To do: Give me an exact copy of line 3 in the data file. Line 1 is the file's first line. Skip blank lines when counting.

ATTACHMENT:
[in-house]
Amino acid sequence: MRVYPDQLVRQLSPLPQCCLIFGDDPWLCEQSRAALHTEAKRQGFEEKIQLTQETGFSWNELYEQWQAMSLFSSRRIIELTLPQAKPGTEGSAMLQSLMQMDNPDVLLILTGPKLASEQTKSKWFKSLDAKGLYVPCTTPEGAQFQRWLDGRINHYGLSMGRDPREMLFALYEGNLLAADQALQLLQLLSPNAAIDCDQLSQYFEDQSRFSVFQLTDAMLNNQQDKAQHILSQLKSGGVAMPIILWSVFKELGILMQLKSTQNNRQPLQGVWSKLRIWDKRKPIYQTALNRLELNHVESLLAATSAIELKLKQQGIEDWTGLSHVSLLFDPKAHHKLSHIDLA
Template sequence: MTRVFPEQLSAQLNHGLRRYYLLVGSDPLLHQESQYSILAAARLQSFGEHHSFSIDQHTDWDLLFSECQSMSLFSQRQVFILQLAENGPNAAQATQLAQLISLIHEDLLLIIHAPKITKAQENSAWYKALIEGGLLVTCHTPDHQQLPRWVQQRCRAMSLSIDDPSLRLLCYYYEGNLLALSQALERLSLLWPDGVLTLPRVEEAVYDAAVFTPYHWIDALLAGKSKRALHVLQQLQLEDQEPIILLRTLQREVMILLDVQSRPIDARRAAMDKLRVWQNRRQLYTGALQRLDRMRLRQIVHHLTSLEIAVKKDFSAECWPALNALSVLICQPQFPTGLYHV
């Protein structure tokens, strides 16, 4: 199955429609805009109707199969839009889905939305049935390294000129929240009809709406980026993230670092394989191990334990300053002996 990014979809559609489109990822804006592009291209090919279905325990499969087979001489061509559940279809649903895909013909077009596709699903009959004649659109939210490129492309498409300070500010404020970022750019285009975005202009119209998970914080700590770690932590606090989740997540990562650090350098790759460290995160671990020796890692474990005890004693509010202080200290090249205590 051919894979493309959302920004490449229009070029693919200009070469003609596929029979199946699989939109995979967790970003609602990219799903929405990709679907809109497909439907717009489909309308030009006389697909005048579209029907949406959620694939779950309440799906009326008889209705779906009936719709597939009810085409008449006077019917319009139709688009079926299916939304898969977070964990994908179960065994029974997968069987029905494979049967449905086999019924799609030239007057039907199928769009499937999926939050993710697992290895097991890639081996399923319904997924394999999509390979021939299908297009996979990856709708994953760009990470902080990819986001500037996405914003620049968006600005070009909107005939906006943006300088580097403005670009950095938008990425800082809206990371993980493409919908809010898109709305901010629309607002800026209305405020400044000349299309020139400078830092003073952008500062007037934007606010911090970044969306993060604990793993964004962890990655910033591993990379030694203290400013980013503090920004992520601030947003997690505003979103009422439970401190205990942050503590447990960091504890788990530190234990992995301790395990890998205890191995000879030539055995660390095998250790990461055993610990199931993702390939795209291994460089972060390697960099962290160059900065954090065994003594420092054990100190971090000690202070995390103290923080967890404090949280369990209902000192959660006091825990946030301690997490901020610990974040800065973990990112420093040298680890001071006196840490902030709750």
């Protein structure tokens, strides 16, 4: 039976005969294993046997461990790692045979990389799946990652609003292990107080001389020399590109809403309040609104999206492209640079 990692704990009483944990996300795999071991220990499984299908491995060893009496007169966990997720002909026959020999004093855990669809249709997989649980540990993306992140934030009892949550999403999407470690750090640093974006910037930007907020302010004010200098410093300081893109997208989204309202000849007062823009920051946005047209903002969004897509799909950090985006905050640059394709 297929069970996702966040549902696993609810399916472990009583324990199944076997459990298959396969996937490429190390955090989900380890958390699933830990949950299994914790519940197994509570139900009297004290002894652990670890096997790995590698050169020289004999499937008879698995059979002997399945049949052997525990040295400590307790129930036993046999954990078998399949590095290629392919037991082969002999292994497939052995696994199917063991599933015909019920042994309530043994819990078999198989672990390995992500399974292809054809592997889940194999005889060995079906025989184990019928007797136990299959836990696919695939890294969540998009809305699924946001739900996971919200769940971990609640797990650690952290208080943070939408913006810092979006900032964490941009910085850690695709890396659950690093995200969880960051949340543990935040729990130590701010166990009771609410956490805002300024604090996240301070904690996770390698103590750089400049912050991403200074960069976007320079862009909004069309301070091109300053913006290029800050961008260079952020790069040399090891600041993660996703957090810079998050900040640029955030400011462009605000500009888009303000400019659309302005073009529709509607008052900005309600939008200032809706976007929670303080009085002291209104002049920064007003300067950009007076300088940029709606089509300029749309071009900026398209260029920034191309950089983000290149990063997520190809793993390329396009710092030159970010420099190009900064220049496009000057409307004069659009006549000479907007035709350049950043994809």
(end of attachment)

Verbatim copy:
Template sequence: MTRVFPEQLSAQLNHGLRRYYLLVGSDPLLHQESQYSILAAARLQSFGEHHSFSIDQHTDWDLLFSECQSMSLFSQRQVFILQLAENGPNAAQATQLAQLISLIHEDLLLIIHAPKITKAQENSAWYKALIEGGLLVTCHTPDHQQLPRWVQQRCRAMSLSIDDPSLRLLCYYYEGNLLALSQALERLSLLWPDGVLTLPRVEEAVYDAAVFTPYHWIDALLAGKSKRALHVLQQLQLEDQEPIILLRTLQREVMILLDVQSRPIDARRAAMDKLRVWQNRRQLYTGALQRLDRMRLRQIVHHLTSLEIAVKKDFSAECWPALNALSVLICQPQFPTGLYHV